Rincon's Soulful Classic: A Contest Full of Stoke

Rarely does "Soul" define a surf contest, but as anyone on the beach at the 9th Annual Rincon Clean Water Classic will tell you, pure stoke was oozing from all aspects of the event. Competitor Alan Honadle said, "There is a special vibe here, and it's real, it's fantastic." Soul was in everything, from the Native American opening ceremony, to the handcrafted winner's trophy.

Soul wasn't the only thing oozing at the contest. Rain from a few days earlier was apparent in the chocolate-colored chest- to head-high surf. Although the contest was blessed with good waves, the pollution prevented surf legend Skip Frye from competing for the San Diego Surfrider Foundation Team.

Ironically, one of the reasons the Clean Water Classic is held is to raise money for Heal the Ocean's legal team to help clean up the polluted water at Rincon. However, competitors paddled out in defiance of the polluted water, almost as a protest, to raise money for the efforts to hook up local residences to the sewage system and get rid of their polluting septic tanks.

The Groundswell Society, a philanthropic and educational non-profit organization dedicated to "sharing the stoke" with the global surfriding community, has held the Clean Water Classic at Rincon for nine years to raise money for important local environmental and educational programs. Unfortunately, new surfing communities were also in need this year, and The Groundswell Society stepped up to the plate.

Key beneficiaries this year, as in years past, include Heal the Ocean's Legal Team working on the Rincon Septics-to-Sewers project, the City of Carpinteria's Ocean Recreation Program, and the Scholarship Foundation of Santa Barbara. This year, proceeds went to Surf Aid International in support of their medical relief work, both ongoing and in response to the tsunami, in the Mentawai Islands of Indonesia.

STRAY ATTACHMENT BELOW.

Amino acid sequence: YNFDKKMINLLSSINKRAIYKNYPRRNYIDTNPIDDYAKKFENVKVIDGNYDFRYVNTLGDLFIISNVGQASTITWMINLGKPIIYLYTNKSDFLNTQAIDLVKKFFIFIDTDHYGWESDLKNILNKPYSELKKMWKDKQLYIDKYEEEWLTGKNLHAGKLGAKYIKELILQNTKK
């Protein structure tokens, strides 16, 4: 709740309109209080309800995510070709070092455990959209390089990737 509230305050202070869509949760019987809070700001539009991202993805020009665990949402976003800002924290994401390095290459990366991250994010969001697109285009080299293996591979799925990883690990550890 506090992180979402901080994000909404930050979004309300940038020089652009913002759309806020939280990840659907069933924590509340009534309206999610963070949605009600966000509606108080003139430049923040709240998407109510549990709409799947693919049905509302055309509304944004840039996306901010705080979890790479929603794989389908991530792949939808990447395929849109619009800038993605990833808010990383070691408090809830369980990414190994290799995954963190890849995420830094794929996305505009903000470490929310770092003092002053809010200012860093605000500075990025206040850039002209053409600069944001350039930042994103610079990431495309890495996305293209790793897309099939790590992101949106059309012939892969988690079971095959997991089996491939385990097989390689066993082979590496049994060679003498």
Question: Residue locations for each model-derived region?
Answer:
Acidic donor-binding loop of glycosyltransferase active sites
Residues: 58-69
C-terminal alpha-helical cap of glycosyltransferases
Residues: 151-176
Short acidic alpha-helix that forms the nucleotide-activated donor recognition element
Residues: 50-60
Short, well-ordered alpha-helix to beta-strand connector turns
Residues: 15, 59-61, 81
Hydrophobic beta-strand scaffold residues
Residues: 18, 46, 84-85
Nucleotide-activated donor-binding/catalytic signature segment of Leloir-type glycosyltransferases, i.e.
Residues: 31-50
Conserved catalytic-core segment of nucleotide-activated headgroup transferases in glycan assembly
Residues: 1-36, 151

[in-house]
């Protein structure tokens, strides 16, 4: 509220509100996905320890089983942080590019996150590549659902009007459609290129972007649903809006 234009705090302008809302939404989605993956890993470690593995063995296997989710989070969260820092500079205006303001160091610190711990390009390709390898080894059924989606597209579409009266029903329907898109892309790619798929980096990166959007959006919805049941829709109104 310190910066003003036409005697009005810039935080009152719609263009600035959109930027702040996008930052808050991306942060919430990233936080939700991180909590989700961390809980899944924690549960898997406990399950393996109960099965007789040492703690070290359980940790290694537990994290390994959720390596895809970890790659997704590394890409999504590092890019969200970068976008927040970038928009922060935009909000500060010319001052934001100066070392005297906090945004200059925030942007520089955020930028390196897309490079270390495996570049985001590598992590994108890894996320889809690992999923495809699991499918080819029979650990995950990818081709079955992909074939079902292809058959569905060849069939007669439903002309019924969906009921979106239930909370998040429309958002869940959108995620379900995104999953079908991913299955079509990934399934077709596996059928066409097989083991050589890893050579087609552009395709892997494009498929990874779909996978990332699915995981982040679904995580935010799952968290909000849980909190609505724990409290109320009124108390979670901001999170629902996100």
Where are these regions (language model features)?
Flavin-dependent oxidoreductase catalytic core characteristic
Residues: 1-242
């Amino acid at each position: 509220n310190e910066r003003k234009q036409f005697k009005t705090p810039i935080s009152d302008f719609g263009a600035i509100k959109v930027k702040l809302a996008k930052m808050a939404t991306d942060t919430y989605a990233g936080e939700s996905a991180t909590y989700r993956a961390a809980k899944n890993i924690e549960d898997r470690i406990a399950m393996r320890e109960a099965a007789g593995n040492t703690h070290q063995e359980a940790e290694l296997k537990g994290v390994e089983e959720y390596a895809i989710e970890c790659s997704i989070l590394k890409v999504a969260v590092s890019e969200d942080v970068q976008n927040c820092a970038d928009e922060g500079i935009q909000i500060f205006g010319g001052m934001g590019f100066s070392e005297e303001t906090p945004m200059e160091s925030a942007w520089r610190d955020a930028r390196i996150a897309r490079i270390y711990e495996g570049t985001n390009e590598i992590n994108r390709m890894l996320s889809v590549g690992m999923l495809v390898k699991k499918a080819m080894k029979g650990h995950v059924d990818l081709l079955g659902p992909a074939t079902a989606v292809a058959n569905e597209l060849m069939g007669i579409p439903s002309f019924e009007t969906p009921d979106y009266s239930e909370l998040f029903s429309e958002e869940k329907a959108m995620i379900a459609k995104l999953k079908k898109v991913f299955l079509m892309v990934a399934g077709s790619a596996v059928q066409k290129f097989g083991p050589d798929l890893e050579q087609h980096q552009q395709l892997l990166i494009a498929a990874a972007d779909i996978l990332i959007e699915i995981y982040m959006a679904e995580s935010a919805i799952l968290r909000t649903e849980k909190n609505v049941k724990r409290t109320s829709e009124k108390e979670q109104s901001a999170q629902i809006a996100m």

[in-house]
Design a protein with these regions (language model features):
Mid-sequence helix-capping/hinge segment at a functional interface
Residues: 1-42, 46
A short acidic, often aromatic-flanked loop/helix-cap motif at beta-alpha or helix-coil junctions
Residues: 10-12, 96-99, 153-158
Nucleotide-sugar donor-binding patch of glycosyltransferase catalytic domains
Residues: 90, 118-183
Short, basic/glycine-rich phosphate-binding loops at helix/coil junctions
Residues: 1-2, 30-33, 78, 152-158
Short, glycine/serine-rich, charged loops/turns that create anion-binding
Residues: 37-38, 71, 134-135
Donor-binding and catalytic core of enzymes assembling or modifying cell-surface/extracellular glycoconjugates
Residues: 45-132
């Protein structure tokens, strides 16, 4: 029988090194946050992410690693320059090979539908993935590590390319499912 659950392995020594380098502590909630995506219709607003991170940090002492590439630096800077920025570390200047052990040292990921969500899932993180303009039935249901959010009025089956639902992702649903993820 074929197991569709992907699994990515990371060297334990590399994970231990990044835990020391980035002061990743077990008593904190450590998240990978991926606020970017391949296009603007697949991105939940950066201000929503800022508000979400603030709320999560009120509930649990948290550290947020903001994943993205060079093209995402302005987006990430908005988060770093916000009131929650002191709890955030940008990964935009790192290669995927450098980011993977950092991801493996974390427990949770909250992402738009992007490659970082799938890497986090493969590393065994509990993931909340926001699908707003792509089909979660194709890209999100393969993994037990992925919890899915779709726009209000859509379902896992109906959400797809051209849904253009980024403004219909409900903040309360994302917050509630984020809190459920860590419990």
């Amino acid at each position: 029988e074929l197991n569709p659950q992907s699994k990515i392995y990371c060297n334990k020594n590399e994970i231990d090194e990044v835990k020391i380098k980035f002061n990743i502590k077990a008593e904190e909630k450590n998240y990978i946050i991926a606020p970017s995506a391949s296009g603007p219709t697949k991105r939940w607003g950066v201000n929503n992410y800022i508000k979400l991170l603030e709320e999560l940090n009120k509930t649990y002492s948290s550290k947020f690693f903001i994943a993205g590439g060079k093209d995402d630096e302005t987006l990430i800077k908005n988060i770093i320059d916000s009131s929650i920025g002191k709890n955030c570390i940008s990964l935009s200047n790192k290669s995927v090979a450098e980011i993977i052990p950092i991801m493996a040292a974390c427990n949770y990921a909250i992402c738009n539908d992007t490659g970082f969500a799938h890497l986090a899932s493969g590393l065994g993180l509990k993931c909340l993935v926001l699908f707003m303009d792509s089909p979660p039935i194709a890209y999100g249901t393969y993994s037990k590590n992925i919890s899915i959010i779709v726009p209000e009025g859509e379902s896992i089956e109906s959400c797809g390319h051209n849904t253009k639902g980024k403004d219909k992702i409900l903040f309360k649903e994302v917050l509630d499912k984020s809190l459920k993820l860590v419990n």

And as a result of a special effort on the part of each and every team, additional proceeds went to funds set up to aid the families of those lost in the landslide tragedy at La Conchita, California. Giving to these victims was an obvious cause because the landslide area can easily been seen from the lineup at Rincon.

When homes were built within the watershed of Rincon Creek, nobody realized that their septic tanks would pose such a threat to the water quality and health of surfers at Rincon. When sick surfers later discovered that the cause of pollution in the lineup was from human sources, the battle to get those homes connected to a sewage system was on. The battle has waged for years and continues to this day, a day when surfers share good waves and good times in order to continue the struggle to restore clean water at Rincon.

Local legend and longtime Clean Water Classic sponsor Clyde Beatty said, "There is a big problem here and the government isn't going to help us. I want my beach clean. We have to do this ourselves. I am proud to have been a sponsor of this contest since the word 'go.'"

The Clean Water Classic is not like the average surf contest. It is held in team format with up to 15 members, with a limit of up to 200 waves during a 40-minute heat. Unlike a normal contest, the more people you have on a wave, the higher your score. 64-year-old competitor Harry Reed from the San Diego Surfrider Foundation Team said, "We get scored higher if I share a wave with my friends; you don't see that at other contests, or anywhere else."

Jesse Billauer, founder of Life Rolls On and a quadriplegic surfer, made a special appearance and surfed Rincon with a style and grace never seen before at Rincon, with some of the longest and highest scoring waves of the contest.

The Groundswell Society's co-founder Glenn Henning said, "This year was about as good as it gets — and with Jesse Billauer there, I think everyone got a clear message about the soul of surfing that has nothing to do with competitive surfing — or the surf industry — as they currently exist."

Basically, the contest was all about having fun and surfing Rincon with your crew for 40 minutes. Regardless of who won, everyone was stoked because, just by surfing perfect waves, they were able to help those in need.

Irony was thick at the Rincon Clean Water Classic, as competitors paddled out with the La Conchita Slide in the distance, surfed waves to provide aid for tsunami victims, and paddled out in pollution in order to clean it up. In addition to the charity, the end result of the 9th Annual Rincon Clean Water Classic was the spirit of stoke, and it was apparent on the faces of everyone on the beach.

This event was more than a contest, more than surfing a good wave; this was an experience of soul that will be carried out into lineups for years to come. "This contest is an honor to do, just because of what it stands for," said Harry Reed.

Competing teams included:

Non-profit Organizations
Gold Coast Groms — The Huntington Beach International Surf Museum Surf Team
Surfrider: Santa Barbara/Isla Vista — Rideawave/Santa Cruz — The Groundswell Society

Surfing Clubs
Sunset Cliffs Surfing Association — Oxnard Waveriders Surf Club
Pacific Beach Surf Club — Santa Barbara Surf Club — Ventura Surf Club

Locals, Legends and Friends
Beatty Products — Malibu Surfing Association — Surfrider San Diego
The Rin-Cons on Parole(*) — The Surfrider National